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dc.contributor.authorAbu Rahma, Ali
dc.contributor.authorKhadijah Abu-Rahma
dc.date.accessioned2018-03-28T09:08:00Z
dc.date.available2018-03-28T09:08:00Z
dc.date.issued2014-01
dc.identifier.issnISSN: 2201-6333 (Print)
dc.identifier.issnISSN: 2201-6740 (Online)
dc.identifier.urihttps://dspace.adu.ac.ae/handle/1/893
dc.descriptionIn Islam, man and woman are equally accountable to their creator. Therefore, each and every action is weighed against “accountability in the next life and the [reward and/or] punishment of Allah [God]” (Er, 2008: 34). The code of conduct in Islam stresses the importance of the relationship of man to his creator. In this way, an Islamic code of conduct is enforceable at all times since God is always watching the conduct of all people, with eternal knowledge and is, notably, closer to man than his jugular vein (Beekun, 1996). As a growing religion, Islam dictates the individual and collective behavior of all Muslims, who are the majority in more than 50 countries and account for more than one-fifth of the world’s population (Almoharby, 2011; Abuznaid, 2009; Sawar, 1989; Uddin, 2003). Islam, the second largest and the fastest growing religion in the world, (Armstrong, 2000; Khaliq and Ogunsola, 2011; Suter, 1997) provides individuals, and organizations, with directions to guide personal, moral, social, economic, educational, legal, and environmental directives (Ahmad, 2003).en_US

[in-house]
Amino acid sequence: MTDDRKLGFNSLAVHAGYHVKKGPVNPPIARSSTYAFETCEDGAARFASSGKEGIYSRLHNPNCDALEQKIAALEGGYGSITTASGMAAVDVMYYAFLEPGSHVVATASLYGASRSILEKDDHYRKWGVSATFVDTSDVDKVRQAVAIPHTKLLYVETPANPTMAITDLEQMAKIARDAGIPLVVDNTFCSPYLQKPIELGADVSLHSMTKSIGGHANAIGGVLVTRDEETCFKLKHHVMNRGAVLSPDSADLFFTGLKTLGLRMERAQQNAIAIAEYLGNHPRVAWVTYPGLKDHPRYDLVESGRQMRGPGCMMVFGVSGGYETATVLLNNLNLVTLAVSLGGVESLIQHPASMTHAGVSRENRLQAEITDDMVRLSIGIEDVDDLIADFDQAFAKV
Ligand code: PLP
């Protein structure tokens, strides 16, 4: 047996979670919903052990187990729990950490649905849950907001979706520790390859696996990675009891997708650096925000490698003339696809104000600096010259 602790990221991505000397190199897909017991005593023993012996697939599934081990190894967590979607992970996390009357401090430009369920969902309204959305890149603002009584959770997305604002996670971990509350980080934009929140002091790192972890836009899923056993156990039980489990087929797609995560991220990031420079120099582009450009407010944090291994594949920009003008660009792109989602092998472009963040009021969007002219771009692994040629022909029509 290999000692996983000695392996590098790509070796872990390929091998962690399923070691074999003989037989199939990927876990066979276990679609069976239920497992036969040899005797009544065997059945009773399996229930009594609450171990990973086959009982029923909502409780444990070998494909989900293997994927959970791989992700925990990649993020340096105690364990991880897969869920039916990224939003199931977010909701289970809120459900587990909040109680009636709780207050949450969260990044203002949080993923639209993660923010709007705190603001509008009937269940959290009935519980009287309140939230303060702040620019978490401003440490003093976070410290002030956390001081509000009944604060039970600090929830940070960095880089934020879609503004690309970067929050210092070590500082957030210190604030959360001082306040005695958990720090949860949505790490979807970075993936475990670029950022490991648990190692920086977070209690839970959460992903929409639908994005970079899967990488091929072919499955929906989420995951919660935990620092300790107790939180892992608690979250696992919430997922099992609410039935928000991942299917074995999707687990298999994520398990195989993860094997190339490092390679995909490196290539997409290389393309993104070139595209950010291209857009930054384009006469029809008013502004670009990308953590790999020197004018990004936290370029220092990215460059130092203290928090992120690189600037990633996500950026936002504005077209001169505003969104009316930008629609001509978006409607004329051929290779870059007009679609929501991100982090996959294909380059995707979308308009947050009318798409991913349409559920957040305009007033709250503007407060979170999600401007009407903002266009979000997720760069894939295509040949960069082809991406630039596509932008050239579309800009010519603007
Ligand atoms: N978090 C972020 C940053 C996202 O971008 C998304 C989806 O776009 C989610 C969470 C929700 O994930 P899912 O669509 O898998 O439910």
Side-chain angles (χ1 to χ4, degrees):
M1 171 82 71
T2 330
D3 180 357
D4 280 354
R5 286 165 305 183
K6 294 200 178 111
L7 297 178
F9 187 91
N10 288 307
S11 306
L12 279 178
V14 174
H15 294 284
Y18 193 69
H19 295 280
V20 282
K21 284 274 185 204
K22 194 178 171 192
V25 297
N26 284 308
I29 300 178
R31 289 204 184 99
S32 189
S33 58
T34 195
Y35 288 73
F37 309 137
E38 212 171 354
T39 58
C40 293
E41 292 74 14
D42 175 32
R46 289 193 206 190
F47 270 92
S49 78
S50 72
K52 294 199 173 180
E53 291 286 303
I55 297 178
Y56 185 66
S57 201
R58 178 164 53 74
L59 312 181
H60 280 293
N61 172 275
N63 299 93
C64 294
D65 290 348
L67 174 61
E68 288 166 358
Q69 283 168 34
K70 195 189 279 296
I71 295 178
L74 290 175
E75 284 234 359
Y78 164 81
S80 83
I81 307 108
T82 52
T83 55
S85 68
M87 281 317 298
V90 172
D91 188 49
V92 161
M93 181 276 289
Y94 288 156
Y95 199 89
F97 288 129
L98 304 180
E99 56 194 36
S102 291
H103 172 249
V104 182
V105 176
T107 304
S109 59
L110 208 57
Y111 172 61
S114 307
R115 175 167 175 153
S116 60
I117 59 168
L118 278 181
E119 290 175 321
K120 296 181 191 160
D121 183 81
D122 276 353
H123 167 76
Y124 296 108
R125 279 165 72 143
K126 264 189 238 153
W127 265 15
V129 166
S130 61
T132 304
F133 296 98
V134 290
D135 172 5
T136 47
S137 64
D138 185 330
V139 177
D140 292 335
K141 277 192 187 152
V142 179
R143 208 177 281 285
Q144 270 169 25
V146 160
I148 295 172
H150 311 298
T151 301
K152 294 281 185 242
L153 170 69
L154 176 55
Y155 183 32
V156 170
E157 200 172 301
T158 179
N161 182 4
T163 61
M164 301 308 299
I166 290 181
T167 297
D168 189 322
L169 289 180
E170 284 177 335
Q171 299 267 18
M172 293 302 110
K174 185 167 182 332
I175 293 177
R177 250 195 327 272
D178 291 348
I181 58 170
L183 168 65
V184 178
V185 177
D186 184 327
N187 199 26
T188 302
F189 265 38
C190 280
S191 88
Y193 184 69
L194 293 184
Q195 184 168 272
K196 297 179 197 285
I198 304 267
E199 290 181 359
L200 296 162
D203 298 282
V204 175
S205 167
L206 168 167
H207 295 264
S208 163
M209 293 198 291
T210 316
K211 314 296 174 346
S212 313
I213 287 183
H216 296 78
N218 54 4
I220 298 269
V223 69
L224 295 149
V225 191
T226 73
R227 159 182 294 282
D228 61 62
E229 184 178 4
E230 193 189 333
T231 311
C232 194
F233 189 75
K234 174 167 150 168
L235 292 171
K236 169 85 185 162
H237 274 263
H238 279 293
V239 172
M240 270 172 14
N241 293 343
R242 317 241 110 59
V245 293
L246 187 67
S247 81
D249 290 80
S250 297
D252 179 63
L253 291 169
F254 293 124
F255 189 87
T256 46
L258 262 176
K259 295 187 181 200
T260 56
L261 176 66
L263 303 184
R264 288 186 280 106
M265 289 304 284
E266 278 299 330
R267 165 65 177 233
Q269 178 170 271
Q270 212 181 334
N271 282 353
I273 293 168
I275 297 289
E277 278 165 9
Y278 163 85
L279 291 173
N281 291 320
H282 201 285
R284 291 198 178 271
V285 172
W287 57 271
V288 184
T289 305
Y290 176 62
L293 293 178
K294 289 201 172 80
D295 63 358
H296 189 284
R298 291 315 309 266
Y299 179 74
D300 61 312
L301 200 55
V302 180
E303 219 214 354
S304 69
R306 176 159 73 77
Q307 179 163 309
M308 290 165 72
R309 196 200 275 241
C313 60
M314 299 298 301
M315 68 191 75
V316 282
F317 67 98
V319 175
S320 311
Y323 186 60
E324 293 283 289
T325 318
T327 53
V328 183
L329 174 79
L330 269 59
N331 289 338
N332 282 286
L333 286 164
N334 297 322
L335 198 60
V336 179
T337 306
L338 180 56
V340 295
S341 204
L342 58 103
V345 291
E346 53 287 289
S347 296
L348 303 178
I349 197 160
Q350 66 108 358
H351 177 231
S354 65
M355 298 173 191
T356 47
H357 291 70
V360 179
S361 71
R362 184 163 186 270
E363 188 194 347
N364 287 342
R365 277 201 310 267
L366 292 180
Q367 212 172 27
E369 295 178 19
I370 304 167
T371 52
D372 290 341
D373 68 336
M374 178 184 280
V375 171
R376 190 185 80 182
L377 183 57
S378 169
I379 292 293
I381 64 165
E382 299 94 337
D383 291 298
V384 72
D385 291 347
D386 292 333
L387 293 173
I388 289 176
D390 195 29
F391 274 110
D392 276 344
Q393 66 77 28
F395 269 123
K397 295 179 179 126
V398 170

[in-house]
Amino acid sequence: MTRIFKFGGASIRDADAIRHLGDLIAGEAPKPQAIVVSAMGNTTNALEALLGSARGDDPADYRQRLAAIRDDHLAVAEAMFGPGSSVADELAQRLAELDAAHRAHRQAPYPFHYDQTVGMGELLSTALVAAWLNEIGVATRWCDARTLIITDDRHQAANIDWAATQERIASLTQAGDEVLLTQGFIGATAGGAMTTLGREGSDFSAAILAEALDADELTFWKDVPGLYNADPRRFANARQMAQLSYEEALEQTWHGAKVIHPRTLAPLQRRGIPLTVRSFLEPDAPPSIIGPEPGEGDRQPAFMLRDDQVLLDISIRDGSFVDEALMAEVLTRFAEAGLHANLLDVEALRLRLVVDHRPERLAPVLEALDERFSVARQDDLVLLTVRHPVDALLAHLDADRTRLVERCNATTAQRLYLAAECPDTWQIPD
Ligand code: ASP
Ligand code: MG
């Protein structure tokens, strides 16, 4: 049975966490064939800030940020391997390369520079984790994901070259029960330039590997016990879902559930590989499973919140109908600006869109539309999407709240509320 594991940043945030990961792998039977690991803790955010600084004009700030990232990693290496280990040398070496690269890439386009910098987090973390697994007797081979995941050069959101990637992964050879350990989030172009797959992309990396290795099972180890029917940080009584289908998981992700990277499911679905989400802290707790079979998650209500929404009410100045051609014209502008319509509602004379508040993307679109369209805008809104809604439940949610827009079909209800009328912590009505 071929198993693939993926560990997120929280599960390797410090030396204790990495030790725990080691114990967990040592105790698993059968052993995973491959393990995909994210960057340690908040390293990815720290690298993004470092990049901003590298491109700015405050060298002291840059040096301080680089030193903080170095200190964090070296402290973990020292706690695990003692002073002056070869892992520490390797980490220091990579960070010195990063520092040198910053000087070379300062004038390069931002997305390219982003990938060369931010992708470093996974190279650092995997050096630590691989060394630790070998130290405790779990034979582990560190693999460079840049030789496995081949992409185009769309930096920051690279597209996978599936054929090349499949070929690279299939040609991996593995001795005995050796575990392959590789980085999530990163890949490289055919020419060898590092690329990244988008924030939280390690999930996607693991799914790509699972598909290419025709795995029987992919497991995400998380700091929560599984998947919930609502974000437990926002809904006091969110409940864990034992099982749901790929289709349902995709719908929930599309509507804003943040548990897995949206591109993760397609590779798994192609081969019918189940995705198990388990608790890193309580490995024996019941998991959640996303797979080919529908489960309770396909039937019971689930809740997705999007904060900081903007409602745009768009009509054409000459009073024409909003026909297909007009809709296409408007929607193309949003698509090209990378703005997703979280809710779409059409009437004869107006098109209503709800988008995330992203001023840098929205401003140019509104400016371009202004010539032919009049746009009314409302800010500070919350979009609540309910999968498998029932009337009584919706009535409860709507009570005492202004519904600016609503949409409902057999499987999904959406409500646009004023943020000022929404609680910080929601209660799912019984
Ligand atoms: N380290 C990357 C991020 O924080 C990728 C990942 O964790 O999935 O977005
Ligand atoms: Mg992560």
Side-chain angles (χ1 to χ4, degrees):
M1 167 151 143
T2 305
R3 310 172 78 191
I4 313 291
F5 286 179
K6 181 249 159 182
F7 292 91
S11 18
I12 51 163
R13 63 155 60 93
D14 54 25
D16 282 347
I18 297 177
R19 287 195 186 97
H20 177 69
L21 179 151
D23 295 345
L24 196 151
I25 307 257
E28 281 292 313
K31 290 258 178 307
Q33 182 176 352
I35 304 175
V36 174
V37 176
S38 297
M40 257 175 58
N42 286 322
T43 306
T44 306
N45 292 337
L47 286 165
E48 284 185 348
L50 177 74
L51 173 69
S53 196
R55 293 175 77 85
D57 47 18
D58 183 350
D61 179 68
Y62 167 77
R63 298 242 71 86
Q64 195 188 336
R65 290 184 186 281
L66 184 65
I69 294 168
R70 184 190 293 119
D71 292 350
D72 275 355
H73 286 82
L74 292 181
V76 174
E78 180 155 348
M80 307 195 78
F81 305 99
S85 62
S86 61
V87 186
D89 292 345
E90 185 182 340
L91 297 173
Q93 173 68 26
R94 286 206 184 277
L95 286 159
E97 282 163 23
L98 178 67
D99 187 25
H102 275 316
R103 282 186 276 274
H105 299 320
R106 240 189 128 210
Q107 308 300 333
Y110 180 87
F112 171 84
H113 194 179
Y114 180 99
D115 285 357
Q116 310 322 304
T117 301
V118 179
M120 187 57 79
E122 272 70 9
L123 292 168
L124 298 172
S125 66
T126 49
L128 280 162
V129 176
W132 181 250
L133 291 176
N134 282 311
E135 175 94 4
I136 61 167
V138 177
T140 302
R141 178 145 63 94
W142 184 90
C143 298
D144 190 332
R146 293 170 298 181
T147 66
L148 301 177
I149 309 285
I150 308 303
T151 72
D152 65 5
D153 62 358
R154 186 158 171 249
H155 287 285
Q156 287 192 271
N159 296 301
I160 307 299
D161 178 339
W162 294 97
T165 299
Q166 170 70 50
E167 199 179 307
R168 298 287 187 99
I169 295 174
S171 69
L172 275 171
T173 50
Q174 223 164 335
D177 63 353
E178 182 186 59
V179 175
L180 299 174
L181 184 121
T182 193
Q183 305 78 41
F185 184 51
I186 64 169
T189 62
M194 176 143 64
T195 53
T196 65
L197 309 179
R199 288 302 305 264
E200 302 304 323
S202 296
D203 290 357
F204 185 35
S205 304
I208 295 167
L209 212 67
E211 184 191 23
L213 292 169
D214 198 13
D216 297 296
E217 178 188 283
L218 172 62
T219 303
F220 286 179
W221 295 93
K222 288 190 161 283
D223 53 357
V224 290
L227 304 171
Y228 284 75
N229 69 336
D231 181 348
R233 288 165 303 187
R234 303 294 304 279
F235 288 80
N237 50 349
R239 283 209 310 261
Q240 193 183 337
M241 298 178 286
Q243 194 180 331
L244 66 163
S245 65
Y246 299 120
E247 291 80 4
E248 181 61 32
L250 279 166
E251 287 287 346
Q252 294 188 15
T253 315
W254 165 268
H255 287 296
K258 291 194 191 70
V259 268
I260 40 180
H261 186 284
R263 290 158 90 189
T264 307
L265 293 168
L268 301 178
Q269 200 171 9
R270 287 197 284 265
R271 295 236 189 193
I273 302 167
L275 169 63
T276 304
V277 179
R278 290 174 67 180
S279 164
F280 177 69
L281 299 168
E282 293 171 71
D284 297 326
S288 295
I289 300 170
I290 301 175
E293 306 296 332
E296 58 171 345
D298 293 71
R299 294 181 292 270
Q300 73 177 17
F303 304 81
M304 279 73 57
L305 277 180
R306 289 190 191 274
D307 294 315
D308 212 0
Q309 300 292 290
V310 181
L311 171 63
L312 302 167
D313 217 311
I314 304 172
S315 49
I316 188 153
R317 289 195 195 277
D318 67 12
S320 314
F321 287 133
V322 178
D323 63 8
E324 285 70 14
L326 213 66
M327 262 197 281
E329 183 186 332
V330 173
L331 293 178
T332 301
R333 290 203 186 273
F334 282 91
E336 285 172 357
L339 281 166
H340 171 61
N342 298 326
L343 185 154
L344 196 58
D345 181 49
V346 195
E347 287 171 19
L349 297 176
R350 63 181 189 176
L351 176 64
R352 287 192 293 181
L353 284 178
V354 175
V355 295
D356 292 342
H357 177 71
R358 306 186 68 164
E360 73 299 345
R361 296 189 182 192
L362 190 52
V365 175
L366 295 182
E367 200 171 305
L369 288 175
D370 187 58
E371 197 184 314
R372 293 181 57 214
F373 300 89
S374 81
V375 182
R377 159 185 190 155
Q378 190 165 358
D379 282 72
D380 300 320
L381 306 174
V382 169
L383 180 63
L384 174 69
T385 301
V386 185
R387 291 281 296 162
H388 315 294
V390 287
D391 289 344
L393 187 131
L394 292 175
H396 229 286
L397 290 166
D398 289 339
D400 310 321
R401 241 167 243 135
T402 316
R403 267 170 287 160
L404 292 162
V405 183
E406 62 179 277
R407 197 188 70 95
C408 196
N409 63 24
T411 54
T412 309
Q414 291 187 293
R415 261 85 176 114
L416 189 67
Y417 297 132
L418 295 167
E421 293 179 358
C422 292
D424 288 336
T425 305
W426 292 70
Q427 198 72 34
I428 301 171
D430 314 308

dc.description.abstractThere is a growing dichotomy between Islamic ideology and the application of Islamic values. If this trend continues, the notion that Islam, as a religion, is not a reliable source of knowledge or a moral guide may become the norm, with religion destined to remain separate from the real world. Thus, the impact of Islam as a way of life could be jeopardized. The ensuing consequence may result with formal worship becoming isolated from everyday application, whereby worship becomes limited to rituals. The treatment of this chasm should address the cause: a lack of educating and preparing students to live an Islamically aligned life, which serves both God and their community. A significant contribution toward a solution is to structure an Islamic Educational Institution (IEI). This paper proposes a conceptual model for an ideal Islamic Educational Institution that is Shari’ah-Compliant. This model may provide a contribution toward bridging the gap between the ideology and application of Islamic values and knowledge, thereby cultivating principled Muslimsen_US
dc.language.isoen_USen_US
dc.publisherElsevieren_US
dc.subjectIslamen_US
dc.subjectIslamic educational institutionen_US
dc.subjectShari’ah complianceen_US
dc.subjectIslamic Bankingen_US
dc.titleAn Ideal Islamic Educational Institution: A Conceptual Modelen_US
dc.typeArticleen_US


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